Happy 20th birthday to blogging!

Just a note to record the fact that blogging is 20 years old this month, maybe. New media legend Dave Winer, a rare combination of great writer and programmer, started posting at DaveNet on 7 October 1994, as Philip Greenspun points out. There was no announcement that Winer had invented a new genre, but I can’t really find anything that looks like a blog going back much earlier than that – though writer Jerry Pournelle’s Chaos Manor got started around the same time and Justin Hall was also getting busy.

DaveNet started as the web version of Winer’s email newsletter, but having found the web-based format was popular, he started pushing through classic weblog fodder – short thoughts, links, and reflections on stuff other people were saying.

Having invented the weblog, Winer then helped to develop RSS and co-invented podcasting, proselytised for proper web content management systems, built outliners and basically helped invent the media landscape we have today. What a guy.

As Greenspun puts it:

The standard HTTP/HTML Web was and is great for 3-30-page ideas. Winer was perhaps the first person to see that the world needed some different technical standards to deal with three-paragraph ideas.

People frequently see blogging as something completely new. In fact, though, it has quite a few media predecessors, notably the personal diary. From one perspective, a blog was simply a way of publishing your own diary to a mass audience. But it also had a number of new aspects: for instance, it frequently used links to exploit the availability of huge numbers of online media sources.

Blogging was also one of the first online media products to showcase online brevity. Facebook and Twitter* then came along and underlined this unexpected development. Indeed, for all the talk about the wonders to come from ultra-fast broadband, the big online media developments of the past two decades have to a surprising degree been about short written content.

* Fun online media “fact”: I read somewhere long ago – and perhaps it’s even true – that the average Victorian-era diary entry would fit comfortably within Twitter’s 140-character limit.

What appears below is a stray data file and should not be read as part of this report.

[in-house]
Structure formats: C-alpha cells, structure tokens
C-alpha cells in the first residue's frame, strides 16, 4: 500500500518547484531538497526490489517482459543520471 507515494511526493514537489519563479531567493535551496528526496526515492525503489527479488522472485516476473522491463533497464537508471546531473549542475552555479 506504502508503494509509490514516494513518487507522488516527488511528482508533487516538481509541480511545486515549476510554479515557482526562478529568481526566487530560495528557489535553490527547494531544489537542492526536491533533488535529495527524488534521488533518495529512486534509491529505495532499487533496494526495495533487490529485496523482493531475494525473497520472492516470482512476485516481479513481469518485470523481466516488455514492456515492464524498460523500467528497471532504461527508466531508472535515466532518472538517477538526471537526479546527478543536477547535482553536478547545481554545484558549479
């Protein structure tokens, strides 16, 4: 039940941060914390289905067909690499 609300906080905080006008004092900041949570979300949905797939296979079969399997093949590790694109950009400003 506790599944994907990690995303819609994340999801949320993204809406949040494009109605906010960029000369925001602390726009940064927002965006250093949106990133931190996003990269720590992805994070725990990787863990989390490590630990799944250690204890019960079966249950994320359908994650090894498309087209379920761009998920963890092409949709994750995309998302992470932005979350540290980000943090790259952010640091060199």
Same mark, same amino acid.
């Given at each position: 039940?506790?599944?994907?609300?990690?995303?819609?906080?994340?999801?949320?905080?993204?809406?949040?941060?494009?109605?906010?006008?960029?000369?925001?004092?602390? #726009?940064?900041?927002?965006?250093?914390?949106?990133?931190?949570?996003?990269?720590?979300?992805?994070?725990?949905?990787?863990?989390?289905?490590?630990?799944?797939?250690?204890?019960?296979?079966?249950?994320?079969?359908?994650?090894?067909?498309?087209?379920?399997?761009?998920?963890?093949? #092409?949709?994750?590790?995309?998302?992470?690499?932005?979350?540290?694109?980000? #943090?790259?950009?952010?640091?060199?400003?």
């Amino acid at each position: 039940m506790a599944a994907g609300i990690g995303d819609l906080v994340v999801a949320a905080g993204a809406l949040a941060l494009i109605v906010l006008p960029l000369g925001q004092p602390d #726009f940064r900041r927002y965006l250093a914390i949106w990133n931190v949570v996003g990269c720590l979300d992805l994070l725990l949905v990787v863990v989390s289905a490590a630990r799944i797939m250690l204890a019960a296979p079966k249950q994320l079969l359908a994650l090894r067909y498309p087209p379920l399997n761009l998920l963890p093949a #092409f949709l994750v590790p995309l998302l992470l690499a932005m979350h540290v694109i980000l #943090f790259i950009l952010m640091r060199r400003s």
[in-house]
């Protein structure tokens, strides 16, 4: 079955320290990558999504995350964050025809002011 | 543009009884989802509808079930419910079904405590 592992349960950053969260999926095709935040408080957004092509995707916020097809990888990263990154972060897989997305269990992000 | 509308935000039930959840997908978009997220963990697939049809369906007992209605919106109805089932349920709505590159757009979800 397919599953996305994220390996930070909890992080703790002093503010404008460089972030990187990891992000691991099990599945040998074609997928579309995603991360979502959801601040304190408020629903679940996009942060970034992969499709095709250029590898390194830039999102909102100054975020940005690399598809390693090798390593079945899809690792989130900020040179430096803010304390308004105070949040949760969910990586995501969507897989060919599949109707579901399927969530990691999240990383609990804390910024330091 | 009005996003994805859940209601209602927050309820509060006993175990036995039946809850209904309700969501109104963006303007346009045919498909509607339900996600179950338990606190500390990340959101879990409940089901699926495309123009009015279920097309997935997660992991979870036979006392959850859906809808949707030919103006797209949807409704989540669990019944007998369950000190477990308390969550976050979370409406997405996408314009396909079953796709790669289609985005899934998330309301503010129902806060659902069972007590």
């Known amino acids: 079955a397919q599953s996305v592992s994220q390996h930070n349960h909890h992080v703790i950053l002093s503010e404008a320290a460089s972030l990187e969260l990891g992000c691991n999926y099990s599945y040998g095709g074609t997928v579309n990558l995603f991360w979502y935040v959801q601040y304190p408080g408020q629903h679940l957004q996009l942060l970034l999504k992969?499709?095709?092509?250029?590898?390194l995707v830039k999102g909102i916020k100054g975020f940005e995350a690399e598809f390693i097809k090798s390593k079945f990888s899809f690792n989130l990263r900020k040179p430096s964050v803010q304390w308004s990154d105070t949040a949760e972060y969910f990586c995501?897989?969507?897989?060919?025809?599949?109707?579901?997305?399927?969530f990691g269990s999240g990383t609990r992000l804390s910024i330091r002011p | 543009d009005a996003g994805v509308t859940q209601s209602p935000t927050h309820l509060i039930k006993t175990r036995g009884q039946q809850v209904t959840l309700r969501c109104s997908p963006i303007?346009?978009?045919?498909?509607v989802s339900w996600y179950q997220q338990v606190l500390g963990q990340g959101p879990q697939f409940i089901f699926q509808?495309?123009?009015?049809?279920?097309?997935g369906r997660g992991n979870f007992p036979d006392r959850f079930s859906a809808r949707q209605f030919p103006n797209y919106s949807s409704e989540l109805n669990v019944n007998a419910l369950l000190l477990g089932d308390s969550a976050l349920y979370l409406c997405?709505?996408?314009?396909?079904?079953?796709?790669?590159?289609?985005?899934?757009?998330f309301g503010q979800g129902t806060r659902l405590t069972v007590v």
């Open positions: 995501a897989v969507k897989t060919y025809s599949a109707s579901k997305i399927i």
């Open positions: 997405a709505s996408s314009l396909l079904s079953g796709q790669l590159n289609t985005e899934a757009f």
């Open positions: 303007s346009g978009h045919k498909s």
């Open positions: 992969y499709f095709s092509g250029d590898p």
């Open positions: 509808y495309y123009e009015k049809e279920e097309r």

About David Walker

David Walker runs publishing consultancy Shorewalker DMS (shorewalker.net) and is commissioning editor of Acuity magazine. David has previously edited the award-winning INTHEBLACK business magazine, been chief operating officer of online publisher WorkDay Media, held policy and communications roles at the Committee for Economic Development of Australia and the Business Council of Australia, and run the website for online finance start-up eChoice. He has written professionally on economics, business and public policy since 1987 and spent three years in the Canberra Press Gallery for News Limited and The Age.
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3 Responses to Happy 20th birthday to blogging!

  1. Duncan Riley says:

    Dubious claim at the very best, and even Winer doesn’t claim that he started blogging until Scripting News…well, unless he’s revised history in the last 10 years.

    I wrote on the history of Blogging back in 2005, that was based on research and contacting the likes of Winer at the time.

    Dave Net existed in 94 but it wasn’t dated at the time, and as per above even Winer didn’t consider it blogging.

    Realistically it’s Justin Hall (your year is write, but person is wrong,) but that’s not in anyway trying to down play that Dave Winer really is the father of blogging in many ways.

  2. Duncan Riley says:

    sorry right not write, all this talk about writing :)

  3. David Walker says:

    Nice article, Duncan. I have a memory of DaveNet as a blog, but I may have back-constructed that memory in the late 1990s. Winer does now see 1994 as the start date:
    http://scripting.com/2014/10/15/someoneHadToGoFirst.html

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